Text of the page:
We can use this time to be with ourselves without waiting for something more to happen…because this moment IS our life. We tend to wait for what we imagine is more important than this moment…for example right now, instead of just waiting for the class to start, imagining that this moment is empty, we can use it as a wonderful opportunity to connect with something very deep and beautiful: to connect with ourselves, to be alone with ourselves, to spend some time with ourselves or, simply said, To Be.
Many of the activities we find ourselves doing are ways of escaping. We are very much afraid of the sense of emptiness that is ‘apparently’ created in moments when we don’t have something in particular to do. 99% of the entertainment industry is basically used as a way to cover up this sense of emptiness. At any moment and in any place, we have access to our cell phones, one of the best ways we have now to get away from those little moments; and it’s going to be more and more as the telephones are starting to come with better internet connection and so people will have more access to TV or movies or other kind of entertainment. Amazing technology…perfect ways to distance ourselves from ourselves.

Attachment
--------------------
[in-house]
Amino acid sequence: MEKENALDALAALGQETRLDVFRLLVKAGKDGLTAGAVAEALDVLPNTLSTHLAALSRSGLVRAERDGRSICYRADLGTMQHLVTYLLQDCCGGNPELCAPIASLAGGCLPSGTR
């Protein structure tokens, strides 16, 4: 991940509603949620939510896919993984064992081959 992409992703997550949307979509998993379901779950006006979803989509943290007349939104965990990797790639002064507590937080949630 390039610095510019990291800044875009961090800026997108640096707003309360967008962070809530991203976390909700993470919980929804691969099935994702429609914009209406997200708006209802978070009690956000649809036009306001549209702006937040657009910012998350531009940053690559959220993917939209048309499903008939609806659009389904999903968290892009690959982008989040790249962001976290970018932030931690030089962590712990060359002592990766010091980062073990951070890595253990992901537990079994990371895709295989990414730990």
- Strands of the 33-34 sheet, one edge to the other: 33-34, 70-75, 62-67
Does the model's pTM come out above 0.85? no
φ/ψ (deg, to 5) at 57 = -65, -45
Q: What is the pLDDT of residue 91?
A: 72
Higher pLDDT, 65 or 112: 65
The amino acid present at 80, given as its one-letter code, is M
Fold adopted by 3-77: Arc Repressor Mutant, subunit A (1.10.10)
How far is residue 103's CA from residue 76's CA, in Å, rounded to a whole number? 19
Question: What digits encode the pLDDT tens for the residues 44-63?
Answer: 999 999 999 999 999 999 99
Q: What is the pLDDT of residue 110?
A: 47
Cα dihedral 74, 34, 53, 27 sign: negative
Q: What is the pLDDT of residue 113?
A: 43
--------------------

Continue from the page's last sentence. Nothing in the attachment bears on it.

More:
If we don’t have a telephone or a cigarette, or a candy or a pastry, or someone to flirt with—all common methods we use to hide our sense of emptiness—then what do we do? We start to ‘think’. But I put the word think in brackets because it is not really thinking. Thinking is an amazing ability of our brain for understanding, but what we often do, has nothing to do with that. What we do is more like dreaming, like the spinning of our thoughts without any aim, control or result. It is an ‘activity’ that takes a lot of our energy and that often turns our real thinking—the possibility to understand—upside down, by creating wrong associations and ideas. For example, it is in these day-dreaming moments when many of our unnecessary fears, worries and anxieties are created by cooking up (inventing) all sorts of accidents and dramas. Or sometimes we enjoy these moments because it is during this time when we can be anybody and anything we want: we can become Superman, we can say and do in our minds what we were not able to say or do in reality, we can create all sorts of fantasy worlds just to please ourselves…and although it is generally viewed as something positive, in reality it is not. It becomes very difficult to distinguish what is real from what is imaginary; we stop knowing what is genuine and what is only a product of our thoughts. This can become a very destructive activity. Because it is so simple to do, it doesn’t cost anything and is always available, we become addicted to it and tend to choose it over reality, over what is actually happening…over our life.